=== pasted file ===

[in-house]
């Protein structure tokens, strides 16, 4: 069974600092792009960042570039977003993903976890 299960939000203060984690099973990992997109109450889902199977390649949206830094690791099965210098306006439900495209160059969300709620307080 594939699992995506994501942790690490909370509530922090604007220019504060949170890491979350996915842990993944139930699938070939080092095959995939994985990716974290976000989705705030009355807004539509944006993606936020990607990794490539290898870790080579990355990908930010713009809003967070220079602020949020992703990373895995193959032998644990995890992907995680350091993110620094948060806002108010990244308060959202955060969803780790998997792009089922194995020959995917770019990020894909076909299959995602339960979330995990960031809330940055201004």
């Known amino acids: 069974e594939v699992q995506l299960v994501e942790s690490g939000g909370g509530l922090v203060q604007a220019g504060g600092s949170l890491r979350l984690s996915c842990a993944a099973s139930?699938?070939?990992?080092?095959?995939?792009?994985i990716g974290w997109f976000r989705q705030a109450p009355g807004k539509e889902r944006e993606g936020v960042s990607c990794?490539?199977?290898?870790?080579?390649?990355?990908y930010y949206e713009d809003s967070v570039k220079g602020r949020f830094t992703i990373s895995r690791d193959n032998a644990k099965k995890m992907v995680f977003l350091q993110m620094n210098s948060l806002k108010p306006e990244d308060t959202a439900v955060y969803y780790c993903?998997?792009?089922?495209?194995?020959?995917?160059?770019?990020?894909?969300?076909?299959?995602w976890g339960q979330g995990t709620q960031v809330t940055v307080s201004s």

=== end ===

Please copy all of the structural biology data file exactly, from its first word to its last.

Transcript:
[in-house]
């Protein structure tokens, strides 16, 4: 069974600092792009960042570039977003993903976890 299960939000203060984690099973990992997109109450889902199977390649949206830094690791099965210098306006439900495209160059969300709620307080 594939699992995506994501942790690490909370509530922090604007220019504060949170890491979350996915842990993944139930699938070939080092095959995939994985990716974290976000989705705030009355807004539509944006993606936020990607990794490539290898870790080579990355990908930010713009809003967070220079602020949020992703990373895995193959032998644990995890992907995680350091993110620094948060806002108010990244308060959202955060969803780790998997792009089922194995020959995917770019990020894909076909299959995602339960979330995990960031809330940055201004």
């Known amino acids: 069974e594939v699992q995506l299960v994501e942790s690490g939000g909370g509530l922090v203060q604007a220019g504060g600092s949170l890491r979350l984690s996915c842990a993944a099973s139930?699938?070939?990992?080092?095959?995939?792009?994985i990716g974290w997109f976000r989705q705030a109450p009355g807004k539509e889902r944006e993606g936020v960042s990607c990794?490539?199977?290898?870790?080579?390649?990355?990908y930010y949206e713009d809003s967070v570039k220079g602020r949020f830094t992703i990373s895995r690791d193959n032998a644990k099965k995890m992907v995680f977003l350091q993110m620094n210098s948060l806002k108010p306006e990244d308060t959202a439900v955060y969803y780790c993903?998997?792009?089922?495209?194995?020959?995917?160059?770019?990020?894909?969300?076909?299959?995602w976890g339960q979330g995990t709620q960031v809330t940055v307080s201004s």